Celaena’s breath lodged in her throat. The jump had to be thirty feet at least—and she didn’t want to know how long a fall it was if she missed.

Ansel barreled ahead; then her body tensed, and Hisli leapt from the cliff edge.

The sunlight caught in Ansel’s hair as they flew over the ravine, and she loosed a joyous cry that set the whole canyon humming. A moment later, she landed on the other side, with only inches to spare.

There wasn’t enough room for Celaena to stop—even if she tried, they wouldn’t have enough space to slow down, and they’d go right over the edge. So she began praying to anyone, anything. Kasida gave a sudden burst of speed, as if she, too, understood that only the gods would see them safely over.

And then they were at the lip of the ravine, which went down, down, down to a jade river hundreds of feet below. And Kasida was soaring, only air beneath them, nothing to keep her from the death that now wrapped around her completely.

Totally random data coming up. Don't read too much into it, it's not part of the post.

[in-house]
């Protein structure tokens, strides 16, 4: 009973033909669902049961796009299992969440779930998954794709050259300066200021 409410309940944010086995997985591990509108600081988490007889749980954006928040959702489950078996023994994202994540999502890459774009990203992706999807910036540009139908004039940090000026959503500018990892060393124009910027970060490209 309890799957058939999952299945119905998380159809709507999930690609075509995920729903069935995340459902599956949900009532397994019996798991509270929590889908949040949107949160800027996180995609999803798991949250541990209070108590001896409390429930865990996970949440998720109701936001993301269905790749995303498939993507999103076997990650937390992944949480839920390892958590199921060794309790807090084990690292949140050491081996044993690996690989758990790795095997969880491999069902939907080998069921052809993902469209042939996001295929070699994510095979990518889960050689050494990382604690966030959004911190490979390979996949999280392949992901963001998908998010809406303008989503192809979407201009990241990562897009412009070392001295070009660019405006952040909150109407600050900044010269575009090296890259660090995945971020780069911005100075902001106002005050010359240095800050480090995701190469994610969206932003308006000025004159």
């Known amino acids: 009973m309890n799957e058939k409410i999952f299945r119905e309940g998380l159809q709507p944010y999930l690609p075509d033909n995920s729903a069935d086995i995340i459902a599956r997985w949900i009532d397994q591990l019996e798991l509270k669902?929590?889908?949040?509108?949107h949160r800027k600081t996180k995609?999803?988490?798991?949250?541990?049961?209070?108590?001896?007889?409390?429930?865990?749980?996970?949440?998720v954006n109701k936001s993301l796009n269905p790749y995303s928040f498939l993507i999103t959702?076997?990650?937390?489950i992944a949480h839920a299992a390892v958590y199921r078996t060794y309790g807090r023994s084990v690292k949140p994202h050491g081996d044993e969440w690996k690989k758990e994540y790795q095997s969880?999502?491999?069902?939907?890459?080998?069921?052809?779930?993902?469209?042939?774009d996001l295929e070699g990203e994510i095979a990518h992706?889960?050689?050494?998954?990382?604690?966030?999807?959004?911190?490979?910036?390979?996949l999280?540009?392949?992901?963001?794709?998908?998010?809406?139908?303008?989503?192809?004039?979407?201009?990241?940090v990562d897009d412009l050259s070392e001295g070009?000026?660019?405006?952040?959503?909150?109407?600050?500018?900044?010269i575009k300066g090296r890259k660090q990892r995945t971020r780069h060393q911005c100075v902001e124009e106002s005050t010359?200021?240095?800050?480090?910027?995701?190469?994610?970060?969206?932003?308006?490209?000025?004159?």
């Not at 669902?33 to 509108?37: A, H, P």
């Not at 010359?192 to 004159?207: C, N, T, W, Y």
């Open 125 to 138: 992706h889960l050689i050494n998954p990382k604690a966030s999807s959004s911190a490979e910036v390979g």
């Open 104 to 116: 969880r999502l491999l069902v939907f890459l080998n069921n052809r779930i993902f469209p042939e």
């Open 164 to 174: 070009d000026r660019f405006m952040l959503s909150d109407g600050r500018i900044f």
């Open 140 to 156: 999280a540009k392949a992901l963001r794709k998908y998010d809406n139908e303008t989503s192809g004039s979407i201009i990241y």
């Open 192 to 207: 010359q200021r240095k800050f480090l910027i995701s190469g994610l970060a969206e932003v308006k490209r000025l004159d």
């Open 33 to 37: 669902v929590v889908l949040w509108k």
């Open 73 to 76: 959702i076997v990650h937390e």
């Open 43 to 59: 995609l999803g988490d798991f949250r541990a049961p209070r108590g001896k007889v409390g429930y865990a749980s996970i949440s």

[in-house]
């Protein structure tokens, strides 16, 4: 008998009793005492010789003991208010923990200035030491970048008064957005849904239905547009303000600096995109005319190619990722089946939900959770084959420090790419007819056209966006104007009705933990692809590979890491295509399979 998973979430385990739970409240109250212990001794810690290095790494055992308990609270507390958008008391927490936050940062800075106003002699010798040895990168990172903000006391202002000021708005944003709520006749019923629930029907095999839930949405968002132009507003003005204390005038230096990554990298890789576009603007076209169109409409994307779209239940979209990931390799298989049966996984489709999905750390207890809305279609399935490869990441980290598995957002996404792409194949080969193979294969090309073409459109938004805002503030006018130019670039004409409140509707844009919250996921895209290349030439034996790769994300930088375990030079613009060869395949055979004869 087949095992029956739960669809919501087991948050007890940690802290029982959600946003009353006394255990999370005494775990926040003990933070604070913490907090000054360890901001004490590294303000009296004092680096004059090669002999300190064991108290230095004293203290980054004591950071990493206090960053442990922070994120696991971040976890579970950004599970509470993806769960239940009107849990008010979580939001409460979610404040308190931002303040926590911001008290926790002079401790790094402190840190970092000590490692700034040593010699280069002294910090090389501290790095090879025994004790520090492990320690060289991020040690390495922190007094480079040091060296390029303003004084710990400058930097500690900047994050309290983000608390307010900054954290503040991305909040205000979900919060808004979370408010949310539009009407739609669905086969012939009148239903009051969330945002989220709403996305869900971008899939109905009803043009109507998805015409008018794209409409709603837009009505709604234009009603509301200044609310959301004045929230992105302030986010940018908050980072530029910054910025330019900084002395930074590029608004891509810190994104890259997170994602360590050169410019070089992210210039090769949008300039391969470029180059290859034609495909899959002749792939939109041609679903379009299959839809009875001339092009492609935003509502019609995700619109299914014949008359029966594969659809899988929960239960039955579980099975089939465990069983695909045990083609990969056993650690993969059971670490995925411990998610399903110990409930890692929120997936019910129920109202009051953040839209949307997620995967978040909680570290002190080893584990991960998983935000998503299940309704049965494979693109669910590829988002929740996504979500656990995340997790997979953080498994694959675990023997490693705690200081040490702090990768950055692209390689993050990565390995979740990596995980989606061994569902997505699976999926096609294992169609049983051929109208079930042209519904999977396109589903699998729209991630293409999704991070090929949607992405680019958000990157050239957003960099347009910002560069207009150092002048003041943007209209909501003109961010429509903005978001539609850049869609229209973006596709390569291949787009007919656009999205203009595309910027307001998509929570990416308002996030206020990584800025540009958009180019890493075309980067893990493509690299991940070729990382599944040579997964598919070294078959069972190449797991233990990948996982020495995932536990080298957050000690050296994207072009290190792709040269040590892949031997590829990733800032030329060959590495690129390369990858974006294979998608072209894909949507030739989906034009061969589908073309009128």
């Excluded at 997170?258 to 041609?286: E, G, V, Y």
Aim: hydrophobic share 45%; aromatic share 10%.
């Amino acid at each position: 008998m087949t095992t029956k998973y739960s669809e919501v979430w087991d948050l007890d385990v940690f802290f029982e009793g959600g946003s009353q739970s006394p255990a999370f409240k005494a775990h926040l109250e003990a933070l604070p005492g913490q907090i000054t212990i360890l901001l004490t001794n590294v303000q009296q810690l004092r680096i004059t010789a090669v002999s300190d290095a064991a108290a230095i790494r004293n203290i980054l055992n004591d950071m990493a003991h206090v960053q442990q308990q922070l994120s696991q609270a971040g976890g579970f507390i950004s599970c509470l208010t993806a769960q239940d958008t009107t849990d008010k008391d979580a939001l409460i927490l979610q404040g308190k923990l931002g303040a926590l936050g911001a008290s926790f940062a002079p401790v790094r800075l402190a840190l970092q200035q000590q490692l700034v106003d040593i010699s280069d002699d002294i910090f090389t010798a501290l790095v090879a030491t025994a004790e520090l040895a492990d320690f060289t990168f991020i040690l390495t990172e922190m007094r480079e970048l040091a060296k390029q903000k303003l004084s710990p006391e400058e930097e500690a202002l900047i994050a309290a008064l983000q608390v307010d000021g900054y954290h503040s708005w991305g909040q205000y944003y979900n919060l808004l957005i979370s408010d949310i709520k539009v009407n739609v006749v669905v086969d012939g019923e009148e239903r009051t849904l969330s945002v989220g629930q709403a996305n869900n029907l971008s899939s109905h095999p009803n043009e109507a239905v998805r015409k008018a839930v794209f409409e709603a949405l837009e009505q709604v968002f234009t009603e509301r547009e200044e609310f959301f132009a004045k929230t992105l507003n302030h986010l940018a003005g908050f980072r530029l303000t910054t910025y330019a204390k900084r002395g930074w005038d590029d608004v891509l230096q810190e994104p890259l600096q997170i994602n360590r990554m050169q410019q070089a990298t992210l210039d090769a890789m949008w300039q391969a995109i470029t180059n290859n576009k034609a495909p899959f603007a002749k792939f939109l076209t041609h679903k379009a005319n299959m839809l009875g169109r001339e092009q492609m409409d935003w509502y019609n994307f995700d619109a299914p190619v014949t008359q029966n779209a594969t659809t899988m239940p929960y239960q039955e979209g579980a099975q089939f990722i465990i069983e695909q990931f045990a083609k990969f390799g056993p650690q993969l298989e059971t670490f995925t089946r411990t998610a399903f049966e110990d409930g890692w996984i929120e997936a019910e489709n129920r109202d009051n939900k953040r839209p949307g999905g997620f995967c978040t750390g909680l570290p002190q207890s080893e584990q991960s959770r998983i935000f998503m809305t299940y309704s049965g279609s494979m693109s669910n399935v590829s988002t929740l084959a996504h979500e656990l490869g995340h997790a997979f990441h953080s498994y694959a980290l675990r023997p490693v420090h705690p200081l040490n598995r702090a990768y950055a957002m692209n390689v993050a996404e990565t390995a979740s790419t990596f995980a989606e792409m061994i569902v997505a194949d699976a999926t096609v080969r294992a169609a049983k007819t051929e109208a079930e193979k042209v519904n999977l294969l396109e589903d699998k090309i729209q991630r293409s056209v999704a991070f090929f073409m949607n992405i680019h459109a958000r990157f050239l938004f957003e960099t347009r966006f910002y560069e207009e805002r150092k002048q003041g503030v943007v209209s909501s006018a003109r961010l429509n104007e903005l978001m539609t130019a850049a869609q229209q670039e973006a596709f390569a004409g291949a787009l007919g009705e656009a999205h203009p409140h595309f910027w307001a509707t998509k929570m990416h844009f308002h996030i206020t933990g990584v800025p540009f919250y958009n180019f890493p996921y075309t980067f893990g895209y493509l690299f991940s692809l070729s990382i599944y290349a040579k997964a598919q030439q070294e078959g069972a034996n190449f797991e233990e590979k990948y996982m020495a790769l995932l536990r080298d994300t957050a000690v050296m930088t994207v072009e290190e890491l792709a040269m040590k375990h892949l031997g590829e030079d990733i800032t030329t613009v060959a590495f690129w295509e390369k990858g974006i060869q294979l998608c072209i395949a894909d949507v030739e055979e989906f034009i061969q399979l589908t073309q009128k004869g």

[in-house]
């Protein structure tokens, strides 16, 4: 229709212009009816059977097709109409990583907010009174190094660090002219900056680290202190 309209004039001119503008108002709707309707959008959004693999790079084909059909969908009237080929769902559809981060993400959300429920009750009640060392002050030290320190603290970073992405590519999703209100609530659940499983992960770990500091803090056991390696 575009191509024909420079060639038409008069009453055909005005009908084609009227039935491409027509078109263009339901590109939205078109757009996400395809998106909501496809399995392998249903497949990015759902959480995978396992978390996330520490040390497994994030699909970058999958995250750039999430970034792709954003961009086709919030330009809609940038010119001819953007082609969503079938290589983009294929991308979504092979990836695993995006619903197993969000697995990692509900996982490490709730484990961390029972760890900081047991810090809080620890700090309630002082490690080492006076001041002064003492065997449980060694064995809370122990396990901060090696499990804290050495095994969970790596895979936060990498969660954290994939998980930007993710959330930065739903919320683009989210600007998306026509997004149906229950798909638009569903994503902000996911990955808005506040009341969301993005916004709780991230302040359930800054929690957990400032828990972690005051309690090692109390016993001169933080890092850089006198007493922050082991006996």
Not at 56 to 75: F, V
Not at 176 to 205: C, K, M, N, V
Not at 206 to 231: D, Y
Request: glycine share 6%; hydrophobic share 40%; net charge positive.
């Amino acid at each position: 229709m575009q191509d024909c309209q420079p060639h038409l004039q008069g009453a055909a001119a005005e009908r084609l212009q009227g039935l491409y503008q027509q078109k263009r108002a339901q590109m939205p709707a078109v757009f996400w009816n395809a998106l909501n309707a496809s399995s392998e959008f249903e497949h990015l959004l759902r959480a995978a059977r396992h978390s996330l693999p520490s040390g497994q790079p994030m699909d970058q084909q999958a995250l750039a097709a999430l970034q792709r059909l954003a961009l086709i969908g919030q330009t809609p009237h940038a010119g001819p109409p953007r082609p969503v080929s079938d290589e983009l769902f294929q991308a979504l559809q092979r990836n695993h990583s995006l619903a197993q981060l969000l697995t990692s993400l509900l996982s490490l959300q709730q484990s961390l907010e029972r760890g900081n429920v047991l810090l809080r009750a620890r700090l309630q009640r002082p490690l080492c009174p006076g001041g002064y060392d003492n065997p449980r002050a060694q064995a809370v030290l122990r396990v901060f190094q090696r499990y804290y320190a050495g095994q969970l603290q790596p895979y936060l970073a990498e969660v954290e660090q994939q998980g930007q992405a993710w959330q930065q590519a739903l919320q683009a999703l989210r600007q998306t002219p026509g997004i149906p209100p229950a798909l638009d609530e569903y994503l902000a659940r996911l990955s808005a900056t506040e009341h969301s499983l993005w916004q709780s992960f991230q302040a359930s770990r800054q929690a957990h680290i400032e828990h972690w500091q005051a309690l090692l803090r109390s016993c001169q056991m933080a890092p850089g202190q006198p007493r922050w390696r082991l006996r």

Celaena could only hold on and wait to fall, to die, to scream as she met her horrible end . . .

But then there was rock under them, solid rock. She gripped Kasida tighter as they landed in the narrow passage on the other side, the impact exploding through her bones, and kept galloping.

Back across the ravine, the guards had pulled to a halt, and cursed at them in a language she was grateful she didn’t understand.

Ansel let out another whoop when they came out the other end of the Cleaver, and she turned to find Celaena still riding close behind her. They rode across the dunes, heading west, the setting sun turning the entire world bloodred.